Two styles: Choosing two styles can seem daunting to some, but mixing styles, like mixing patterns, can bring so much personality to a space. I landed on keeping the lower cabinets and the upper cabinets above the stove, and then installing three open shelves above my largest expanse of countertop. This seemed like the best place for them because having them around my stovetop would cause more mess than I wanted to deal with.

Storage concerns: Surprisingly enough, it’s amazing how much you can fit on the shelves. You just have to be disciplined about keeping them tidy and clean, and set them up to suit your family. In the end, open shelves gave me a little more storage space because I didn’t have any vertical dividers. Of course, I didn’t want everything in my kitchen on display, so I kept some of my upper cabinets and all the lower ones.

Family Needs

We have three boys and all the friends and visitors we can welcome, so I wanted my kitchen cabinets to first off be functional.

Pros of two styles: Open shelves make everyday items accessible. People don’t need to ask where to find a coffee mug — they can just snag one from the shelf. Plus, unloading the dishwasher is a breeze. The most common things go right back up on the shelves. At the same time, the closed cabinets hide our less attractive kitchen items.

Cons: The items I don’t use all the time can accumulate dust, but I’ve just added them to my dusting routine. The additional 30 seconds of cleaning is worth the display space for me.

Before Photo

See My Kitchen Cabinet Transformation

Before: My upper and lower cabinets were maple with peeling hardware. They made me feel a little claustrophobic in the space and were suffocating when I was at my sink.

After: The floating shelves and fresh paint on the lower cabinets make my kitchen feel brighter and bigger. We were able to transform our cabinets for $325 and a little elbow grease. That price tag included the open-shelving materials, cabinet paint and new cabinet hardware.

My open shelves are everything I thought they would be and more. Our everyday items are easy to reach, and I love styling the shelves and changing out seasonal decor.

For the floating shelves, we used sanded plywood with a pine edge and installed them on floating brackets. They opened up the space, making it feel much larger than it is.

Across from the shelves, we have our original cabinets, just painted in new shades. For the top, we used Alabaster from Sherwin-Williams. On the bottom, I went with Still Water by Sherwin-Williams. I chose the color because I loved the bright feel, and now that it’s in the space, I love it! It’s so daring and feels so right.

This mix of styles and colors pushed me out of my comfort zone, but I’m so glad I followed my designer-self’s advice and did it. There’s no need to be scared of mixing two colors or styles, especially if one is a neutral. I absolutely love how these cabinet choices really made our kitchen feel like our own.

Do you have a mix of cabinets in your kitchen? How did you decide on your cabinets? Tell us in the comments section.

How to Find Inexpensive Art for Your Home

Add your own flair to your home through art with these creative & inexpensive ideas.

Your home should reflect your personality, interests, and all the people and things you love. One of the easiest ways to accomplish that is through the artwork you display around your home. When my husband & I moved into our apartment, we initially worried about finding art that was not only beautiful, but at a price point that wouldn’t break our budget. Here’s what we discovered:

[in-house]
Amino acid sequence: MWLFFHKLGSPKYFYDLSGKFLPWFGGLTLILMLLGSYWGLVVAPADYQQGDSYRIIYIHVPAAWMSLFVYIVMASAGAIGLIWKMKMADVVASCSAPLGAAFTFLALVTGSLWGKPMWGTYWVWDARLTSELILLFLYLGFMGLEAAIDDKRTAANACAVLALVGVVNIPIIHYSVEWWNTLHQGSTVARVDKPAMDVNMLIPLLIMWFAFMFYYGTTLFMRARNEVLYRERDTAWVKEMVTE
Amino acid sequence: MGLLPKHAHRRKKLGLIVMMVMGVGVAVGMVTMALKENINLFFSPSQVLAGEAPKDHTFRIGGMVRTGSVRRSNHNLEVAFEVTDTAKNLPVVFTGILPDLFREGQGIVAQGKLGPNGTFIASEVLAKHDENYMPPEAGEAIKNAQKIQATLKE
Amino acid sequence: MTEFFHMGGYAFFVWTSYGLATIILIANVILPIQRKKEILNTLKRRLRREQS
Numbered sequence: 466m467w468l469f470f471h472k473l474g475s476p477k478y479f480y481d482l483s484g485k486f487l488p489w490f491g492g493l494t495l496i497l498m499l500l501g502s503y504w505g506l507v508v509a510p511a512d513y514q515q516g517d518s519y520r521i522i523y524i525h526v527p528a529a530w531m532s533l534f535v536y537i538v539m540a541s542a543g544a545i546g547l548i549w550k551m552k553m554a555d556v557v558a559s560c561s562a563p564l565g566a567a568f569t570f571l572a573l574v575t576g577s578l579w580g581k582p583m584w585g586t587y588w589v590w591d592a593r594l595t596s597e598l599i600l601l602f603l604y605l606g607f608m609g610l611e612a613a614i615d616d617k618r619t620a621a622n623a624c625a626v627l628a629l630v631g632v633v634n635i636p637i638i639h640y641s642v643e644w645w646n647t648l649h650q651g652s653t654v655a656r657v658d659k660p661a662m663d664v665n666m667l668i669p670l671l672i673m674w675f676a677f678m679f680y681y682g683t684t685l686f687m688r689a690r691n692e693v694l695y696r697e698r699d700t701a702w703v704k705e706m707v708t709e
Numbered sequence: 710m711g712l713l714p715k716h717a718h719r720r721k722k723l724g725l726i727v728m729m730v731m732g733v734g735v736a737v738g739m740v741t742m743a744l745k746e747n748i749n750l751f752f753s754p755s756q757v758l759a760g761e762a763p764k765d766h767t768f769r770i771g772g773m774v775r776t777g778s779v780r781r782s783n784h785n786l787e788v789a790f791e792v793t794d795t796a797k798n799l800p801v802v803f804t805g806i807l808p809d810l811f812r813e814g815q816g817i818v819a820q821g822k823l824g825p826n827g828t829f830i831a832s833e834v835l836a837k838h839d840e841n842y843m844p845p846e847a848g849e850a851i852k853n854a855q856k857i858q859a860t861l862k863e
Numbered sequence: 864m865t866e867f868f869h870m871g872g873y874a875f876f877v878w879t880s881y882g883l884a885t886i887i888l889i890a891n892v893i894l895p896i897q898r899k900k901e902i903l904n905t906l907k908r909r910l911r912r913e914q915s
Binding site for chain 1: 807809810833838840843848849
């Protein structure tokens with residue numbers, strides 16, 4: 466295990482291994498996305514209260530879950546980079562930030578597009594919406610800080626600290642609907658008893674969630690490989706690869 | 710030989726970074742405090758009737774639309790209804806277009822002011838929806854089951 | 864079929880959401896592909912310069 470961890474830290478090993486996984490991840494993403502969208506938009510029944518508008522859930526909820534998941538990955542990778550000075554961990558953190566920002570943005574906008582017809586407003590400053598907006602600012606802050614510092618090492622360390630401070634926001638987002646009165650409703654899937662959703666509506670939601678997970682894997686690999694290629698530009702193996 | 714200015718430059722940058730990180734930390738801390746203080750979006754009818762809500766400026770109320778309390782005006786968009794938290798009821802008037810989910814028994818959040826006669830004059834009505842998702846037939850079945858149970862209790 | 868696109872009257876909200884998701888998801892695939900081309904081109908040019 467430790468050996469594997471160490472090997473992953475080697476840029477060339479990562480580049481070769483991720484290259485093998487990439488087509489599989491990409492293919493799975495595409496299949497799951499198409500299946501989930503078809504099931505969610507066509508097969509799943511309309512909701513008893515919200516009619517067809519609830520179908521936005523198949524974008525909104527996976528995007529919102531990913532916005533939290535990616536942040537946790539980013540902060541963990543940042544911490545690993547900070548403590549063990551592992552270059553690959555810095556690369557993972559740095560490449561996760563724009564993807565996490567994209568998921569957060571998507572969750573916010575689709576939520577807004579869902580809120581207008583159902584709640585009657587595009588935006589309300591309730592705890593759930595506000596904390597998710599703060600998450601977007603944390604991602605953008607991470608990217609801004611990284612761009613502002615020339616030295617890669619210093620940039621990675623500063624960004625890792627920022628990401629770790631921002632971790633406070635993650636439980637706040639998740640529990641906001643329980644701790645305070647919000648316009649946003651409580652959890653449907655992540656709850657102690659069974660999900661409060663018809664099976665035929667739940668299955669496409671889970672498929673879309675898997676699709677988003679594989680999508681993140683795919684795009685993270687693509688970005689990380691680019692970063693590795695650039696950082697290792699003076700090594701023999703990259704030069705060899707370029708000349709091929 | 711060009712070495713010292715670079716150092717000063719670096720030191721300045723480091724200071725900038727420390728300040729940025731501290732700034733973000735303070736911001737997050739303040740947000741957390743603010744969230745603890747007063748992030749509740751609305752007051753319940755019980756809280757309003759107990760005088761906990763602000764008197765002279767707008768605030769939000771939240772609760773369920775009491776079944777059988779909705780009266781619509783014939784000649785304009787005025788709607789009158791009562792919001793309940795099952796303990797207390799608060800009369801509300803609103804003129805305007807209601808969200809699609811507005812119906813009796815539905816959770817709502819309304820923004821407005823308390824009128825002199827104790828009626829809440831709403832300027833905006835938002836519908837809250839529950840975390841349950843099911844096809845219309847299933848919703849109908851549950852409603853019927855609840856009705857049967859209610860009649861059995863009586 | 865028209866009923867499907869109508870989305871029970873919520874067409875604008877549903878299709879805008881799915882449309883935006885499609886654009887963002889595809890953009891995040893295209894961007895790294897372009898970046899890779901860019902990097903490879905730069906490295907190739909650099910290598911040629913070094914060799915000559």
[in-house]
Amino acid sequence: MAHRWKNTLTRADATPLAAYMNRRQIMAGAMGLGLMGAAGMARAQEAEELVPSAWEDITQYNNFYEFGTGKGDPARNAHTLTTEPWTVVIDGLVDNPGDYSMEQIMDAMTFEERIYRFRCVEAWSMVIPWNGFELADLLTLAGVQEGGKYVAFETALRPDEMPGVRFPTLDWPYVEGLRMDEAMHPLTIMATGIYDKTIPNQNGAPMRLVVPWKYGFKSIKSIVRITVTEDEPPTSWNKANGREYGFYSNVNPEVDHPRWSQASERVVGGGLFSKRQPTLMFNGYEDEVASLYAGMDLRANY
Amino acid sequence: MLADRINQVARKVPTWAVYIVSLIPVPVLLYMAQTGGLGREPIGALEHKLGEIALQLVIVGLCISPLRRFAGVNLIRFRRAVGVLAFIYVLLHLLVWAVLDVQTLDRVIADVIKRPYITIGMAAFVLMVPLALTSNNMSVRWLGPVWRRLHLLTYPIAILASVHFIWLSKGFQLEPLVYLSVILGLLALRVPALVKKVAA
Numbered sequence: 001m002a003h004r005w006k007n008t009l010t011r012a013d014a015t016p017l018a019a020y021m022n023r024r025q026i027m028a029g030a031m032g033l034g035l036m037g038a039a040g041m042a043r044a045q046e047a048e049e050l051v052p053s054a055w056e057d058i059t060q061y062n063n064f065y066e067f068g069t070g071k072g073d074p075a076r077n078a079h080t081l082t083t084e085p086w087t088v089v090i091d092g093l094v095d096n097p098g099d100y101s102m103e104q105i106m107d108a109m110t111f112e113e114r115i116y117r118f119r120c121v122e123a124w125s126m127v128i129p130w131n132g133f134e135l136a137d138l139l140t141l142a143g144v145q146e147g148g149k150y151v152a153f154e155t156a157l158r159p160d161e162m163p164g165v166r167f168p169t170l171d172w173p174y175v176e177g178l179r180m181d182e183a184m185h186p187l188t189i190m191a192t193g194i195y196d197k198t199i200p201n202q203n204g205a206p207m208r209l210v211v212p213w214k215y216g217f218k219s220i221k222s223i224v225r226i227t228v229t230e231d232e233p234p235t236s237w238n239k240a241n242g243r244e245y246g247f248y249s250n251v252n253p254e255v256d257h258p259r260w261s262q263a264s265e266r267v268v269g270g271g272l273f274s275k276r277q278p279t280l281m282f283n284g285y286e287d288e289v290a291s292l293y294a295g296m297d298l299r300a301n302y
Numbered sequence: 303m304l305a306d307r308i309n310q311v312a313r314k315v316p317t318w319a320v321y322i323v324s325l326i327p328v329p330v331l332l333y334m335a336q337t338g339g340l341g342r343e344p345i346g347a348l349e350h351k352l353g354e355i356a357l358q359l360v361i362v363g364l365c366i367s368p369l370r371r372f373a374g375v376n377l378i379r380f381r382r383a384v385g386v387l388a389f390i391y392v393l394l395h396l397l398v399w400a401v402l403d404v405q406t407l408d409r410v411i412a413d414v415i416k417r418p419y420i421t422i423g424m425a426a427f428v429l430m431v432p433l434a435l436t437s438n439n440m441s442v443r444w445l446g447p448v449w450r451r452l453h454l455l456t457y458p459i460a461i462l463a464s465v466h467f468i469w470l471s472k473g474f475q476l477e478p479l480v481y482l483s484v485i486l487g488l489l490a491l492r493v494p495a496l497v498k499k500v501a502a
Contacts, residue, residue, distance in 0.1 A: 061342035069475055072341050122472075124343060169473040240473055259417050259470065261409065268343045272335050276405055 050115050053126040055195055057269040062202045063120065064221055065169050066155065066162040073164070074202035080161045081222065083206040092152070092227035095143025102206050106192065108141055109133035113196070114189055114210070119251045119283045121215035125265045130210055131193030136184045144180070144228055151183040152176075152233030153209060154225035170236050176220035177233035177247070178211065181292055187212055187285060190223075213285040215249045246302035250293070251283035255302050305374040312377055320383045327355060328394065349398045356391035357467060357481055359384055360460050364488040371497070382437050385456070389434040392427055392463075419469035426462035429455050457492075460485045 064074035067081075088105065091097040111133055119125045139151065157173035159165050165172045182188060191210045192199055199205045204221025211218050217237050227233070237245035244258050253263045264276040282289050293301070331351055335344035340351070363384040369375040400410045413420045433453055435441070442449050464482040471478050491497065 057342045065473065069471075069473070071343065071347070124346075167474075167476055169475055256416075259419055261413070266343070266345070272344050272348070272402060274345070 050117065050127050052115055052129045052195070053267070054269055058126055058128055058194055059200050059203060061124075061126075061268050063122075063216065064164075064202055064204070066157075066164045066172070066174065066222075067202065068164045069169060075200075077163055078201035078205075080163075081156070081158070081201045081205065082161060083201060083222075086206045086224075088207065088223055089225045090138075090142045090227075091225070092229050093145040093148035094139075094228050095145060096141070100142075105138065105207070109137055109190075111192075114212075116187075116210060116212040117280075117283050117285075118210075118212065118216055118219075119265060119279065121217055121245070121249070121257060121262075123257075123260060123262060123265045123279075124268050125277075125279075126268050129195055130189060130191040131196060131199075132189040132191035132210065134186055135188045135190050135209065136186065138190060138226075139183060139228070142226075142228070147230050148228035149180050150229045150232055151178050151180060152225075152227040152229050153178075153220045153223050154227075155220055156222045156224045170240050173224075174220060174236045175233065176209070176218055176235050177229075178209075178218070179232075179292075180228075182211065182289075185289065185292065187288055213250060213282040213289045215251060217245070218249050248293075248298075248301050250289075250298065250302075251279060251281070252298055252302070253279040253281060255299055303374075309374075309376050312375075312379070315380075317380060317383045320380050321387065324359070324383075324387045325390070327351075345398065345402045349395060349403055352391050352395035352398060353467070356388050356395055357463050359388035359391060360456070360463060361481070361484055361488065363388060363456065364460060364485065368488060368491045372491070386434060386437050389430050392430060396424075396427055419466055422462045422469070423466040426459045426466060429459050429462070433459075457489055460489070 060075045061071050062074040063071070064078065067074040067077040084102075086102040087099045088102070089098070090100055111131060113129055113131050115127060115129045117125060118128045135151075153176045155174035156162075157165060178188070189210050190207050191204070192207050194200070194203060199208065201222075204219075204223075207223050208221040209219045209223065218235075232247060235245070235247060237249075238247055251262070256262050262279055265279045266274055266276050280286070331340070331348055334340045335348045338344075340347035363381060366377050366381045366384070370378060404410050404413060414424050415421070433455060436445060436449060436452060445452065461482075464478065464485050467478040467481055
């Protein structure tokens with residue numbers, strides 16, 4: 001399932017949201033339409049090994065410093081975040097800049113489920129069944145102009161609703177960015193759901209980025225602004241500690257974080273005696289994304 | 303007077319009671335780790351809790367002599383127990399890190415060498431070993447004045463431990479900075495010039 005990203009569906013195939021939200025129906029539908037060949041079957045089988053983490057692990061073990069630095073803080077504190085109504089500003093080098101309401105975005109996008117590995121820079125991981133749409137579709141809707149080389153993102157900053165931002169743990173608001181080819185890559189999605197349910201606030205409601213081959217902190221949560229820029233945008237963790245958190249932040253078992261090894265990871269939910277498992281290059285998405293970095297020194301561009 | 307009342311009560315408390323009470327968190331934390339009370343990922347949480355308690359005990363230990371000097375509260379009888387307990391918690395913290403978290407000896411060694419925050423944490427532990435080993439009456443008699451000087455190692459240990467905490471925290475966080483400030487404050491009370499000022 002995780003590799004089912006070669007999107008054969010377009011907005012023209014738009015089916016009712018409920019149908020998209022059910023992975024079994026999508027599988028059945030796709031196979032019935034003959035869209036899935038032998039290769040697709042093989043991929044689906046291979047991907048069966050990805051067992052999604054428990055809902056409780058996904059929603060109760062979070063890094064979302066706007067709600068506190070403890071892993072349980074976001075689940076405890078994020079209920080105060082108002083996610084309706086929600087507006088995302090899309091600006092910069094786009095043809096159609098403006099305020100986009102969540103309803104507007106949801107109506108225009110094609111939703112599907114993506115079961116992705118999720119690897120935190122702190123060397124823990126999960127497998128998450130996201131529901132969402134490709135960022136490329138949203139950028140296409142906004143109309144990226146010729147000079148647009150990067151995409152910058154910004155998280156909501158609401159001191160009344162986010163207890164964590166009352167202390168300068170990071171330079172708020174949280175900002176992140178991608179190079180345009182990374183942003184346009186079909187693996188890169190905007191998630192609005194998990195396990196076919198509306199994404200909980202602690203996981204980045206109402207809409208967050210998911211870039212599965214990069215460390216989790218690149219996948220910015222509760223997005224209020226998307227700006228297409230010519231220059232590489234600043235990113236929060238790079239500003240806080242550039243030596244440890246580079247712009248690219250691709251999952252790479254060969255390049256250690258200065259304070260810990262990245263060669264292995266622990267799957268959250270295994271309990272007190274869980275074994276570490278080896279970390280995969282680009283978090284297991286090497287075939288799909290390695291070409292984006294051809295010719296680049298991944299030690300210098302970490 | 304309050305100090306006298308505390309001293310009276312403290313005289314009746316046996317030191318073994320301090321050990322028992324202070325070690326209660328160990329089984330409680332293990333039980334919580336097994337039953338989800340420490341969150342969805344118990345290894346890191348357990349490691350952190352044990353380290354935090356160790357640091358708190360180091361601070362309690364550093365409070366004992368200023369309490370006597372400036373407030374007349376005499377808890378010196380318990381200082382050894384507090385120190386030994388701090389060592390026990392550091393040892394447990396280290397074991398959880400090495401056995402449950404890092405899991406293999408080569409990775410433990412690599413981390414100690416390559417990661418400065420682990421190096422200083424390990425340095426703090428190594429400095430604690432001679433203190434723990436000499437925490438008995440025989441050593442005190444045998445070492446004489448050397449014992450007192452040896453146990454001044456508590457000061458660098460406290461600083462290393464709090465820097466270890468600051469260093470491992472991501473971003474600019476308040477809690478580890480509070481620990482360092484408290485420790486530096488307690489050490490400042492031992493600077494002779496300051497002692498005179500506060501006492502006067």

Print Your Favorite Photos on Canvas
Some of our favorite artwork displayed in our home is actually photos we took ourselves while traveling, and had blown up & printed onto canvas. Snapfish allows you to create your own canvas photo art starting at $39, and it’s the perfect way to show off your favorite family photos or pay homage to your favorite vacation spot as a reminder to get back out there!

One Word: Ikea
I have somewhat of an Ikea obsession, and their “decoration” department is no exception. Between their extensive collection of artistic prints, frames, and accessories, you could truly find something for every room in your home — and still have money left over for those Swedish meatballs on your way out.

Joss and Main
Clicking around on this website is like digging for treasure – except you always find one .. or two, or three. This site is beautifully curated with discounted art, furniture, rugs, bedding… you get the idea. The best part? You can browse by style, so if you’re going for a certain vibe – coastal, bohemian, rustic – the site will only show you items that align with that style.

DIY
One of our favorite pieces of art in our home is one we made ourselves. I find my inspiration for these projects on – you guessed it – Pinterest! It’s not only a great way to add something totally unique and special to your home, but it provides a great excuse to gather up your art supplies and enjoy a relaxing day of creativity. You can see a few of my favorite Pinterest DIY projects here, here, & here.

Need more home decor ideas? Click here to discover 12 ways to make your home even more awesome!

7 Things to Do Before Moving into Your New Home

The keys are yours, now what?

Congratulations! You’re a new homeowner. While you may not be able to wait to move in, there are a few things you should consider tackling before hanging those family photos on the walls.

lock

1. Change the locks – For peace of mind, it’s a good idea to change out the locks on your exterior doors to ensure that anyone the previous owners may have given a key to can no longer access the property. According to Home Advisor, the average homeowner spends between $100-$300 hiring a locksmith.